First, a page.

Teacher Well-Being

Teacher Well-Being / Quiz / Answers for Module 2 Quiz

Answers for Module 2 Quiz

Check the answers below after you have reviewed the text and responded to the quiz questions.

1. Name at least three elements of teacher identity.

Teacher identity includes elements such as: gender, age, ethnicity, religion, class, caste and linguistic group.

2. Identify at least one cultural aspect of teacher identity that may positively impact student well-being.

Cultural aspects of teacher identity that can positively impact student well-being include:

  • Speaking the same language as the students

  • Belonging to the same community/ethnic/religious group as the students

  • Having good relationships with the students’ families, etc.

3. Identify at least one element of teacher identity that may have a negative impact on student well-being.

Elements of teacher identity that can be negative for student well-being include:

  • Having little teaching experience and/or training

  • Not having completed one’s own education

  • Not ever having wanted to be a teacher

4. Name four factors that can contribute to teacher motivation.

Factors that can contribute to teacher motivation include:

  • Students’ learning and enthusiasm to learn

  • Support from the students’ parents

  • A stimulating professional environment including: supportive colleagues, helpful feedback from supervisors, consultation from administrators in decision-making, resources such as library books

  • Salary

  • Access to new and better learning materials, technologies, tools and equipment

  • Opportunities for vocational and skills trainers to expand their businesses

  • Opportunity to contribute to the welfare of one's community

5. How does teacher motivation help to ensure student well-being?

The relationship between teacher motivation and student well-being is not complicated. If teachers are happy, if they feel professionally stimulated and have the technical and moral support from colleagues and supervisors, then these feelings will be reflected in the quality of their teaching. They will manage their classrooms more effectively and do well in their relationships and communications with children, youth and their parents. Motivated teachers are likely to “go the extra mile” to ensure a child has understood a difficult math problem, for example. They will follow up if a young person seems “under the weather,” or is acting out of character one day. Children and youth will also respond to the teacher’s positive attitude and will be encouraged to trust the teacher, to ask questions and to share any concerns.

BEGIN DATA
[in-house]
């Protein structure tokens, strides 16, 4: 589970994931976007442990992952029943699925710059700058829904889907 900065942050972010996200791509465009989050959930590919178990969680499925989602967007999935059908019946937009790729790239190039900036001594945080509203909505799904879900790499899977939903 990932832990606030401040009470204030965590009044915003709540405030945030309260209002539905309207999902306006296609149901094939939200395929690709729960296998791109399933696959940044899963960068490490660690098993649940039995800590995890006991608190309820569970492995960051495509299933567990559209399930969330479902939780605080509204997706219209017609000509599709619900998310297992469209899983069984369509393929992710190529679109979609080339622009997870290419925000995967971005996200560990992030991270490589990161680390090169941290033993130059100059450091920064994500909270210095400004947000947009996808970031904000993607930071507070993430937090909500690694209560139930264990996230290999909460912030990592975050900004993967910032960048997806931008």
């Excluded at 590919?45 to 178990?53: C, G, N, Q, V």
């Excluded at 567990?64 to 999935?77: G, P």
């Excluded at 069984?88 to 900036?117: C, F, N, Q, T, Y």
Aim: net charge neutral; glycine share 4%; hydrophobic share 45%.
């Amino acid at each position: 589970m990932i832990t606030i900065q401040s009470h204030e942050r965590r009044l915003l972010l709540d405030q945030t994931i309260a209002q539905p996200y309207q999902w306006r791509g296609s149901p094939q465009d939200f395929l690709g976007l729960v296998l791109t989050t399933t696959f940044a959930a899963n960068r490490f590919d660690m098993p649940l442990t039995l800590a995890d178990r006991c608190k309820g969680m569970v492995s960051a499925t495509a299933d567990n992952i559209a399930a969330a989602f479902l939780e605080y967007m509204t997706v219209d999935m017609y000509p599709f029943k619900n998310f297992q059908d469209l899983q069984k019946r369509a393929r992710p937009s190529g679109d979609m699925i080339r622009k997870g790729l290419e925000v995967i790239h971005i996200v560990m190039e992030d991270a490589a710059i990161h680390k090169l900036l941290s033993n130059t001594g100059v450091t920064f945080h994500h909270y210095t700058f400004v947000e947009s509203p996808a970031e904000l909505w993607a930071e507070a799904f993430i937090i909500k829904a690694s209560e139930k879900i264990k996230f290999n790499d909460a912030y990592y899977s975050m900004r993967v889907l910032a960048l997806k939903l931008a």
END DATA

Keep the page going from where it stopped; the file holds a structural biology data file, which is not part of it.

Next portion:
6. How do discouraged teachers negatively impact students?

When teachers are discouraged and disgruntled and when they feel isolated, unsupported and unmotivated, children and youth suffer. Unmotivated teachers are not likely to spend more than the minimum amount of time on teaching-related activities. If these teachers experience negative behavior from colleagues or community members, their professional dissatisfaction may lead to a tendency to retaliate against their students. Teachers may target children and youth with a rough and uncaring manner. Likewise, these teachers might exhibit an “I don’t care” attitude toward their duties.

7. Name three factors that may help teacher well-being.

Factors that may contribute to teacher well-being include:

  • Personal safety and feeling secure at school, at home and on the way to and from school

  • Support from the students’ parents

  • Being able to provide for one’s family’s needs

  • Being able to send one’s children to school

  • Being able to attend to one's health needs, especially teachers with HIV/AIDS

  • Respect from the community for the work they do.

8. Identify how teacher well-being can support student well-being:

The relationship between teacher well-being and student well-being is simple to understand. If teachers feel safe and secure in their community and have the support from family members to do their work well, then these feelings will be reflected in the quality of their teaching. Likewise, when teachers know that they can provide for the needs of their family and fulfill their obligations as mother, father, daughter, sister, etc., they will excel in their teaching and have positive relationships with students and their families.

Teachers who have themselves experienced difficult circumstances, trauma and uncertainty, but have support to cope with it, are uniquely qualified to understand and meet some of the children’s emotional needs.

9 . Suggest some ways in which a Community Education Committee or PTA might support teacher well-being.

Community members might, for example, provide some additional food to teachers’ families from their harvest; they might develop a roster to provide help to the teachers with their farm work and household chores, even to baby-sit their children. They might offer to collect anything the teachers need if they are traveling into the town on a school day. Aside from such concrete actions, small things like greeting the teacher with warmth and respect, consulting with the teachers on community issues, etc. help teachers to feel good about themselves and what they are doing.

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